When wearing vintage was weird…

Three designs by Leong for Streisand's club appearances in the early 60s that included (left to right) a feathered bedjacket, vintage 20s shoes, and Edwardian bodice.

Three designs by Leong for Streisand’s club dates in the early 60s that included (left to right) feathered bedjacket, vintage shoes, and Edwardian bodice.

I never knew that when Barbra Streisand sang “…I’m wearing second hand hats, second hand clothes, That’s why they call me Second Hand Rose…” in Funny Girl, a song originally written for the 1921 Ziegfield Follies, that she was also singing from experience.

When I wrote the chapter ‘Doing Your Own Thing’ in my book Sixties Fashion: From Less is More to Youthquake, I knew there was more to the history of wearing vintage clothing but every contemporary academic book and period article I could find on the topic credited the Mods and Hippies of the mid 1960s as the originators for wearing funky threads found in antique stores and thrift shops. Any reference that predated the mid 60s trend referred to old clothing as something worn for fancy dress-up, or out of need due to wartime necessity or poverty. These last two reasons however, were more about the resale of previously worn clothes that pass for new, or remaking vintage clothes to disguise their archaic styling- not wearing them because of their archaic styling.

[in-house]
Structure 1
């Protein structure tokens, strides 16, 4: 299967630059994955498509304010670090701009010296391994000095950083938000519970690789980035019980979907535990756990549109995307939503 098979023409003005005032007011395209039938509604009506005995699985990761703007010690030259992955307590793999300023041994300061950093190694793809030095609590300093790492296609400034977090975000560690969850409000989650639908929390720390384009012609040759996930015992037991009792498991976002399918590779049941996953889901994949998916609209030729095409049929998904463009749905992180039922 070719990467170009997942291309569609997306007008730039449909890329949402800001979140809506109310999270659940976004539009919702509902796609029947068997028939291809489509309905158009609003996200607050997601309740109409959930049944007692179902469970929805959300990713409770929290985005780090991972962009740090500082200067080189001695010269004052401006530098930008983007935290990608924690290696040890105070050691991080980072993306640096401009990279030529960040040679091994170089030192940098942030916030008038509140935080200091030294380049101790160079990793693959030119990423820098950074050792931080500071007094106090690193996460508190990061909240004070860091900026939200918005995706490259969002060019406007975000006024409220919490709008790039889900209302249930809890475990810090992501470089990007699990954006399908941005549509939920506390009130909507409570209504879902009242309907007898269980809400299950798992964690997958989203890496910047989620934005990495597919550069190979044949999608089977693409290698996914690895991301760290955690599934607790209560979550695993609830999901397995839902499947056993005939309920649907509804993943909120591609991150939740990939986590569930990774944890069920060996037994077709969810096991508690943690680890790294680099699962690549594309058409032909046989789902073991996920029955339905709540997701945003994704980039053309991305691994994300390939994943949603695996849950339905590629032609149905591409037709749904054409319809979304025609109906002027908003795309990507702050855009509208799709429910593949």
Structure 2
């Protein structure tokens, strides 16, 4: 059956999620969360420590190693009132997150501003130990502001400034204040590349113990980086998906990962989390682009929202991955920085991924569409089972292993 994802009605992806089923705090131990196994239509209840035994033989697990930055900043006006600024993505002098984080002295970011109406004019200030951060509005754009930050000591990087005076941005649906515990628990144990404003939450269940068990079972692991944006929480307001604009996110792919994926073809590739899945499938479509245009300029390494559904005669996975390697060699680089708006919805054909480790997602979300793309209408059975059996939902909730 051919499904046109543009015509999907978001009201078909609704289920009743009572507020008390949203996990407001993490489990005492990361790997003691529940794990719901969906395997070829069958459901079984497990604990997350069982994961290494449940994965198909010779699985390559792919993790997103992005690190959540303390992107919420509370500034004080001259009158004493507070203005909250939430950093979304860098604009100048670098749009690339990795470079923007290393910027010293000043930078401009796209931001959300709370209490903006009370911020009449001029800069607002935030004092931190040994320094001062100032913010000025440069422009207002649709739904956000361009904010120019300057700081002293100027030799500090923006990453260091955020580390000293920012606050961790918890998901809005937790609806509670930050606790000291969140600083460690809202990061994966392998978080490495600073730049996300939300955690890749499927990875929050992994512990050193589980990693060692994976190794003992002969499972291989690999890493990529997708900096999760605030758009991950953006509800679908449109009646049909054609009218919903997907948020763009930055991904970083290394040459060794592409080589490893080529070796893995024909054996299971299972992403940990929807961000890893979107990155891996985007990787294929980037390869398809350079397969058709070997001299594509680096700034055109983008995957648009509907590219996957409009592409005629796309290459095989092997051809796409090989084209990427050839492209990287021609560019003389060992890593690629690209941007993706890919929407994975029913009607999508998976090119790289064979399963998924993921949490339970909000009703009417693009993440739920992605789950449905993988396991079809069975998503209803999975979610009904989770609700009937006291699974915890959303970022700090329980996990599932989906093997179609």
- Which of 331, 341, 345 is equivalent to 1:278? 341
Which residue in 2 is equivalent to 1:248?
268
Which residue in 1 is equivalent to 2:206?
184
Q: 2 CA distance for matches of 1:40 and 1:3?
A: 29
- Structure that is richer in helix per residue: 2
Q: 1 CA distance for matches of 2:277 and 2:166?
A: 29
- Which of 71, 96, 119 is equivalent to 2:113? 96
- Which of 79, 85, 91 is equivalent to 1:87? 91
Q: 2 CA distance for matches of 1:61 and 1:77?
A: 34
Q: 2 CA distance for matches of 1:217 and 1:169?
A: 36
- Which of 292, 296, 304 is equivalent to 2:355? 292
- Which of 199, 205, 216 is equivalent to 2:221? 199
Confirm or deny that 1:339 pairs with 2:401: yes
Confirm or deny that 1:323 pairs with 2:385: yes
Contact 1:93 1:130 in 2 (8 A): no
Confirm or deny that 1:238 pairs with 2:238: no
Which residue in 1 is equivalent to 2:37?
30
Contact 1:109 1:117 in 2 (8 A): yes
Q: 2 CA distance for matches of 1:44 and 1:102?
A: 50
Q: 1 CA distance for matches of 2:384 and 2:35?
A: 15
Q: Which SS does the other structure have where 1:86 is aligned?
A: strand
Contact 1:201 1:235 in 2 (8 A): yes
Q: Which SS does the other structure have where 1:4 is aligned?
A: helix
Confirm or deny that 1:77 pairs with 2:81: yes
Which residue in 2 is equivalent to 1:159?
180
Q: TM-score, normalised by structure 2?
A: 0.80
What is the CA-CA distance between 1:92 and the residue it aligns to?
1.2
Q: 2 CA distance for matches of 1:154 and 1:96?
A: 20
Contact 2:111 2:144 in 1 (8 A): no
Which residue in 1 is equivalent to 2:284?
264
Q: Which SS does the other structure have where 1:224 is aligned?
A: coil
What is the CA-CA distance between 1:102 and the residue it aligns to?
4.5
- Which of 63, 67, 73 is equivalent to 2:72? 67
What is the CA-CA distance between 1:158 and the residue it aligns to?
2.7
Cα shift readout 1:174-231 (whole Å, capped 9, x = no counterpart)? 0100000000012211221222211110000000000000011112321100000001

Research doesn’t end when the book is published and so it is that I discovered an interesting site today about Barbra Streisand’s fondness for wearing vintage clothing. In 1960, the 18 year old Barbra often wore black tights and raincoats for a Beatnik chic while attending acting classes. After winning a fifty dollar prize in a singing contest, Barbra got a gig that September to perform between comedy sets by Phyllis Diller at the Bon Soir, a Greenwich Village after-hours club. In a January 9, 1970 article in LIFE magazine, Streisand recounted how she wore an antique white lace combing jacket and pink silk 1920s shoes to appear at the Bon Soir. “I didn’t know you were supposed to wear gowns in nightclubs so I sang in a wool dress or in antique clothes.”

Earlier that year Streisand met the young costume designer Terry Leong while rehearsing a play. Leong sketched several stage outfits for her nightclub routine that included vintage pieces such as an Edwardian beaded bodice, feather-trimmed bed jacket or shoes from the 1920s. Phyllis Diller reportedly told Striesand “You can’t wear that stuff”, and took her shopping for a cocktail dress, but “It wasn’t me” said Streisand.